Tuesday, May 23, 2017

If Jeremiah, John the Baptist, and Paul were Arminian...

Today's essay explores the notion that if Jeremiah, John the Baptist, and Paul had been Arminians, how would their testimonies sound? Using today's vernacular, let's see how it reads when these eminent Christians say they "chose God" of their own free will.

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Photo from Pixabay.com

The Sovereign call of Jeremiah to speak YHWH's words becomes:
Jeremiah asking Jesus into His heart and making a career decision,

"When I was a youth, one night I couldn't sleep. I walked around for a while outside, unfamiliar with this restless feeling. I felt young and inept at whatever I tried my hand. I remember clearly, it was the third of Tishrei, a cool September morning. I was at Sabbath at the synagogue. I was overcome with Avital's lyre playing of the ninth repetition of "Just As I Am." It all came together in my heart. I made a decision to walk the aisle toward the rabbi, and I knelt down and sincerely asked Messiah into my heart. Rabbi told me I was saved. Afer that, I decided I wanted to be a Prophet of God because I knew that God had a great plan for my life. When I came forward the priest had told me that. I became a prophet even though I was young and didn't know how to speak. It was a God thing for sure. I'm so happy that day I walked the aisle and decided for the Savior."

The powerful testimony of Christian Terrorist Paul on the road to Damascus becomes:
Paul meekly being led in praying the Sinner's Prayer and choosing to change his whole life around-

Paul explained, "I was exceeding my peers in Law, at that time I was breathing out threats and fire against the Christians. I was at the peak of my career. I had the esteem of my colleagues, and I was young enough to have the world in front of me. Yet something lacked. Then one day while I was walking along the road to Damascus on an official Pharisaical mission to jail and execute followers of The Way, I felt a restlessness. Is this all there is, I wondered? Just being the best at everything and killing blasphemers, nice as that was? I spoke about it with the men who were walking with me, but most of them didn't understand, except for one fellow traveler. He explained that I needed to decide to follow Jesus and that I should use my free will to choose Him. Of course! That was the answer. He led me in the sinner's prayer. I've been saved ever since. You should decide for Jesus too, everyone should. I don't know why they don't. That I did is what makes me a great example of Christian self-decisional regeneration. Not to boast, though. Grace and peace to you."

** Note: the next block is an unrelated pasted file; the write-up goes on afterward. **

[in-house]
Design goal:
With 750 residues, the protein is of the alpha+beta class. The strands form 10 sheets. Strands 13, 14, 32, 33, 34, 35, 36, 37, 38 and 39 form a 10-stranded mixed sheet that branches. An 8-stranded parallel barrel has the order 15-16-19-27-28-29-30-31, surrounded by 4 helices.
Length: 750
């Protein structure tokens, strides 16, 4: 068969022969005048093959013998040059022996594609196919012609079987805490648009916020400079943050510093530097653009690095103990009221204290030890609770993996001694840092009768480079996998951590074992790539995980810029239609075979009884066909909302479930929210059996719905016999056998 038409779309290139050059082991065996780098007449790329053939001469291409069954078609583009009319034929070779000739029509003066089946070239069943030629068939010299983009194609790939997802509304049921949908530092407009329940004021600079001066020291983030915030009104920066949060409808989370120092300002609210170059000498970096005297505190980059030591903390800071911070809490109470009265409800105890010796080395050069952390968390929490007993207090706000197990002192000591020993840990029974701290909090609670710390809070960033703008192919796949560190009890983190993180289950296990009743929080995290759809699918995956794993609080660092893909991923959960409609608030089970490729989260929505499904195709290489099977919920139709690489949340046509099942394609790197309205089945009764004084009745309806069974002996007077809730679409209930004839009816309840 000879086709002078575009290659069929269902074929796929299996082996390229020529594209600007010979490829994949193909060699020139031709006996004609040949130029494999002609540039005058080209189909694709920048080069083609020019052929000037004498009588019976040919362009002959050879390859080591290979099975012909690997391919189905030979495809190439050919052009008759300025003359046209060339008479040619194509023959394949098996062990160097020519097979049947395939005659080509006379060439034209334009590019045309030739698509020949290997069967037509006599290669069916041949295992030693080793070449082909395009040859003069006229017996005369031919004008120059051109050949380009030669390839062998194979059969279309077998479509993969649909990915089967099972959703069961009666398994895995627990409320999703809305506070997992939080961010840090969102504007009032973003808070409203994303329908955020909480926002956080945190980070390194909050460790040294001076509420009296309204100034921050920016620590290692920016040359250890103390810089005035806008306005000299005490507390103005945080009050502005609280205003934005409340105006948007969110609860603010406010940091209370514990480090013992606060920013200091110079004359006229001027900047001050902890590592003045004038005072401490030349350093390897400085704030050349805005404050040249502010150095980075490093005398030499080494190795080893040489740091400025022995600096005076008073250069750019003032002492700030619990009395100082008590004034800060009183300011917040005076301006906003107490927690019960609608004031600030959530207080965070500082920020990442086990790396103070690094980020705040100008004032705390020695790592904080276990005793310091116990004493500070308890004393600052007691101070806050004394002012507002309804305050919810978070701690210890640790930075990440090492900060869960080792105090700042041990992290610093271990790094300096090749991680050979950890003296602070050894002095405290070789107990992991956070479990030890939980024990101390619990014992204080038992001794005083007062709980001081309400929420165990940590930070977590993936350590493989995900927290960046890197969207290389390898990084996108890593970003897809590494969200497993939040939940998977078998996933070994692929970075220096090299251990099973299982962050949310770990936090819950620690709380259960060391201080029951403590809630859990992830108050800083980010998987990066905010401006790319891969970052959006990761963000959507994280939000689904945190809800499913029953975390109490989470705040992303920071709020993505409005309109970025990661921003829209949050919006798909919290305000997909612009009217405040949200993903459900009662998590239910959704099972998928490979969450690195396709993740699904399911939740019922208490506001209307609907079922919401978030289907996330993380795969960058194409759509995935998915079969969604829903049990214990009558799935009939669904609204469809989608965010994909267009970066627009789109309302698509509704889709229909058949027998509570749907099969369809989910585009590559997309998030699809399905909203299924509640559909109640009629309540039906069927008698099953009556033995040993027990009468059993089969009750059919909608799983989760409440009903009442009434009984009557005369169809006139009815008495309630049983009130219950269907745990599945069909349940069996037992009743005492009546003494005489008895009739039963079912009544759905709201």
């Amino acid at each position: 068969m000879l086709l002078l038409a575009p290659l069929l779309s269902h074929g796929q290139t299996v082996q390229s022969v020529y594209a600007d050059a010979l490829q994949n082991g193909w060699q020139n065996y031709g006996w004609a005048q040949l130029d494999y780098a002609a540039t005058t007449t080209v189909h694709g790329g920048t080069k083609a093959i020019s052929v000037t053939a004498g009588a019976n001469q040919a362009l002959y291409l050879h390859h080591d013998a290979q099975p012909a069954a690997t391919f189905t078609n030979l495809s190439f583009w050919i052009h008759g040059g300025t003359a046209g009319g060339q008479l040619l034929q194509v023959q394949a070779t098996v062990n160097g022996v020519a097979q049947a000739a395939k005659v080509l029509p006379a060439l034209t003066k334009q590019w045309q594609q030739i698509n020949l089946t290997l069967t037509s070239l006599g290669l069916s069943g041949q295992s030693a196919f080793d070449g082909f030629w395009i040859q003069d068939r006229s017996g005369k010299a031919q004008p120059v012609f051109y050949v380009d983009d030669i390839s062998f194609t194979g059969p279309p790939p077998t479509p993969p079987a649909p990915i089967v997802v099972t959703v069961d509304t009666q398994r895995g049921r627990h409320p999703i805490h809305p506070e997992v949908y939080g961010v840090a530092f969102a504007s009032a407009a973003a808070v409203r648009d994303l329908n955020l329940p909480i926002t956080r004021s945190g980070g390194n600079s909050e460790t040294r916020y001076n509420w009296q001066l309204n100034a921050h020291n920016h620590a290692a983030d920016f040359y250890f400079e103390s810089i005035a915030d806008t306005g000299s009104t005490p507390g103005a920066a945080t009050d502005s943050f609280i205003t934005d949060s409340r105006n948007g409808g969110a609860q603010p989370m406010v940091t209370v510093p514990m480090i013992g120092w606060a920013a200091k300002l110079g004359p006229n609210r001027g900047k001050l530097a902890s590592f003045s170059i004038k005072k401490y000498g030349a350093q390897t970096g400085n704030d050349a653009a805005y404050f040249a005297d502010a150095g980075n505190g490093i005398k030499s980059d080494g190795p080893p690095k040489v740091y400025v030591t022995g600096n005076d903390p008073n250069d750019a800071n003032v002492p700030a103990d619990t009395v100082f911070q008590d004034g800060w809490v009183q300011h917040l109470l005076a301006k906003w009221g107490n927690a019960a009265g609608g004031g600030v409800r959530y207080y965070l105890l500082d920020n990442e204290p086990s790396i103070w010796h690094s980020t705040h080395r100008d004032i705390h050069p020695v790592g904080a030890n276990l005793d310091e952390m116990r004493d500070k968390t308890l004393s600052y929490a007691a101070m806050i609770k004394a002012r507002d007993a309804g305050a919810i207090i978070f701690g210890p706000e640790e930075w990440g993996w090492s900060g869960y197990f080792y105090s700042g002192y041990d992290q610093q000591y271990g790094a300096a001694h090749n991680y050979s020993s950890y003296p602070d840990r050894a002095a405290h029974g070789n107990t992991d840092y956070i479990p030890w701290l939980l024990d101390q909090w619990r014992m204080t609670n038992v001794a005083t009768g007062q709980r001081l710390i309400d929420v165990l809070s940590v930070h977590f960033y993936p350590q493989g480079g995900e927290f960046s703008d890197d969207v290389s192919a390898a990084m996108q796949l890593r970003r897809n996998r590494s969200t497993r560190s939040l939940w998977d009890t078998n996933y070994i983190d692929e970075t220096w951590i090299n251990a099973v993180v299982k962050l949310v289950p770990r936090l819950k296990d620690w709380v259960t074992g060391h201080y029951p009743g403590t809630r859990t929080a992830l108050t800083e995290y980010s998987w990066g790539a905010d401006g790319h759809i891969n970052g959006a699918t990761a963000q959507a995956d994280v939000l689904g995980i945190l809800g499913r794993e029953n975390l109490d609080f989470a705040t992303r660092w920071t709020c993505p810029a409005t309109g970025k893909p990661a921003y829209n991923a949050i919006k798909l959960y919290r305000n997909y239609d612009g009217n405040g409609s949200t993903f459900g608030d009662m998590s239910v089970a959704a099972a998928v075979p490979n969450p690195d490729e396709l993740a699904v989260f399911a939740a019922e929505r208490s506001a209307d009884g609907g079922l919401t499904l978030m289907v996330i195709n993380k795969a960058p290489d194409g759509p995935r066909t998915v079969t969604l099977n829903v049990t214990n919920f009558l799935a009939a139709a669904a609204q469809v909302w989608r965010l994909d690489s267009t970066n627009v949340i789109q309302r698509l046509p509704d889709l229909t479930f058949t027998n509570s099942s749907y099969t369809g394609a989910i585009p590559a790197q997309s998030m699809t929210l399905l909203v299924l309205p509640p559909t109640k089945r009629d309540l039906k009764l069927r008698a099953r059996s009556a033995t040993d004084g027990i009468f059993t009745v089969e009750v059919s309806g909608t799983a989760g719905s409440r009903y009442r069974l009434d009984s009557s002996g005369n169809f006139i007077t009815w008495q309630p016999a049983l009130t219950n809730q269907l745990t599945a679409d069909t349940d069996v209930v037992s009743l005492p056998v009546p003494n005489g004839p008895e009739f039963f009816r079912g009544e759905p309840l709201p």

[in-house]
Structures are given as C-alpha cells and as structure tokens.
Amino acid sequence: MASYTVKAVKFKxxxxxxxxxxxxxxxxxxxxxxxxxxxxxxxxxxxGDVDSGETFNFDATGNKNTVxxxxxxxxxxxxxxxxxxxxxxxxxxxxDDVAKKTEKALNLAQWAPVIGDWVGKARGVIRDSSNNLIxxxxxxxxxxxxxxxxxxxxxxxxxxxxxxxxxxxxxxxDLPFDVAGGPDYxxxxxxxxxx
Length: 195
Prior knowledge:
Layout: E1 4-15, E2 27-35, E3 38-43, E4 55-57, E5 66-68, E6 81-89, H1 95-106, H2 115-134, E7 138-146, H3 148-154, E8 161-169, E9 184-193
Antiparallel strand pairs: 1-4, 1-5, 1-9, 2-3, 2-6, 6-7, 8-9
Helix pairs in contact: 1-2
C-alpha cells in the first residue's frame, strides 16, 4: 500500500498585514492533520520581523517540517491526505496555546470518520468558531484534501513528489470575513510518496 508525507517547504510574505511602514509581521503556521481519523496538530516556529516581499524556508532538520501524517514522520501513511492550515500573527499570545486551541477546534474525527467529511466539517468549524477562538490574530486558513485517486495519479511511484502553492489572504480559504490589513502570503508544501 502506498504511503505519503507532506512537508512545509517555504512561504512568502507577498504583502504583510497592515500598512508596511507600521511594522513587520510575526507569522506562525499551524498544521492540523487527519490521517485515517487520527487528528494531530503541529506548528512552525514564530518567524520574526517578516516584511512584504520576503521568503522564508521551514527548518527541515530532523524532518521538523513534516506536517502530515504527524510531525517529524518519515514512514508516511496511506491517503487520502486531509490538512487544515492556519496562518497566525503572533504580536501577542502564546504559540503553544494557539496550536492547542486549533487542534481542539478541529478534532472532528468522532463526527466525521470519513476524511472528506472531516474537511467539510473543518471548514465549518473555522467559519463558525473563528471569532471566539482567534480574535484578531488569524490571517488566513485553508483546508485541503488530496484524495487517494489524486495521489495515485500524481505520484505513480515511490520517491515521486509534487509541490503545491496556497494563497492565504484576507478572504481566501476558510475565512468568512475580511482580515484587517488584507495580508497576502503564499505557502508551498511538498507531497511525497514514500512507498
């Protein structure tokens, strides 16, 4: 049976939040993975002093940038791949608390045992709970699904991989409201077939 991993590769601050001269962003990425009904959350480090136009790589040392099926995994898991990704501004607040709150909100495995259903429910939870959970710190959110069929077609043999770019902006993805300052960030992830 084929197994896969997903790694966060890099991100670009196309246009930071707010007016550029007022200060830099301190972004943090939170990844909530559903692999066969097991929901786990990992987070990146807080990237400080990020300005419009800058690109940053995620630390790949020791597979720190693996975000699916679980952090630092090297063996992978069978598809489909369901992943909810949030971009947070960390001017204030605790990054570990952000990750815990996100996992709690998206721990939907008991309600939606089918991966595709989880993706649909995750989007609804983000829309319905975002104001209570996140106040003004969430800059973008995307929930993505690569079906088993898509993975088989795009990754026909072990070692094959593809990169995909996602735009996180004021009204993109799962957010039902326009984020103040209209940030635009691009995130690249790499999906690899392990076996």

John the Baptist's call as the last Old Testament Prophet, foreordained and empowered since the womb, becomes a lifestyle choice-
John the Baptist shares his testimony about accepting Jesus

"I didn't get along with my parents, they were very aged and they just didn't understand me or my generation. I felt so lonely, like I didn't fit in with any of my friends. I went to live in the desert to try and find myself, and figure it all out. One day as I was roasting some locusts over the fire and sewing a new camel hair outfit, I realized suddenly that what I needed was Messiah. What I lacked was that I hadn't accepted Jesus as my personal Lord and Savior! I decided to give my heart to Jesus. I also decided to stay in the desert. It's a relationship, not a religion, so who needs church? I have peace about that."

Don't those Arminian testimonies sound ridiculous? We do not decide for Jesus. He decided long before the world was ever made or we were ever born. Now here is how it really happened, with the addition of the verses about God's call to Jesus to become His Son.

The Call of Jeremiah-

Now the word of the LORD came to me, saying,
"Before I formed you in the womb I knew you,
and before you were born I consecrated you;
I appointed you a prophet to the nations
."
(Jeremiah 1:4-5)

Paul-

But when God, who set me apart from my mother's womb and called me by His grace, was pleased to reveal His Son in me so that I might preach Him among the Gentiles,
(Galatians 1:15-16)

John the Baptist-

for he will be great in the sight of the Lord. He shall never take wine or strong drink, and he will be filled with the Holy Spirit even from his mother's womb. (Luke 1:15).

Jesus-

I will tell of the decree: The LORD said to me, "You are my Son; today I have begotten you". (Psalm 2:7)

And now says the LORD, who formed Me from the womb to be His Servant, To bring Jacob back to Him, so that Israel might be gathered to Him (For I am honored in the sight of the LORD, And My God is My strength), (Isaiah 49:5).

I am not familiar with this author but I thought his explanation of the biblical truth of God's sovereign choice of His elect was the clearest and most succinct I've read in a while.

Why is one’s understanding of election important? 
Why is it important to understand that election is unconditional and individual? If we believe, as Arminians propose, that election is the result of God looking ahead via His omniscient foreknowledge to see who will choose Him and persevere in Him, we make God’s choice of particular people contingent upon their choice/faith in Him. This makes election a reward or an obligation that is given in response to foreseen faith. This is not the gospel of grace. Election in this view is not God independently choosing us; rather, we are choosing Him and He is merely ratifying the choice by calling "elect" those who have chosen Him. Again, this makes man, not God, sovereign in election, and dishonors God by diminishing His sovereignty.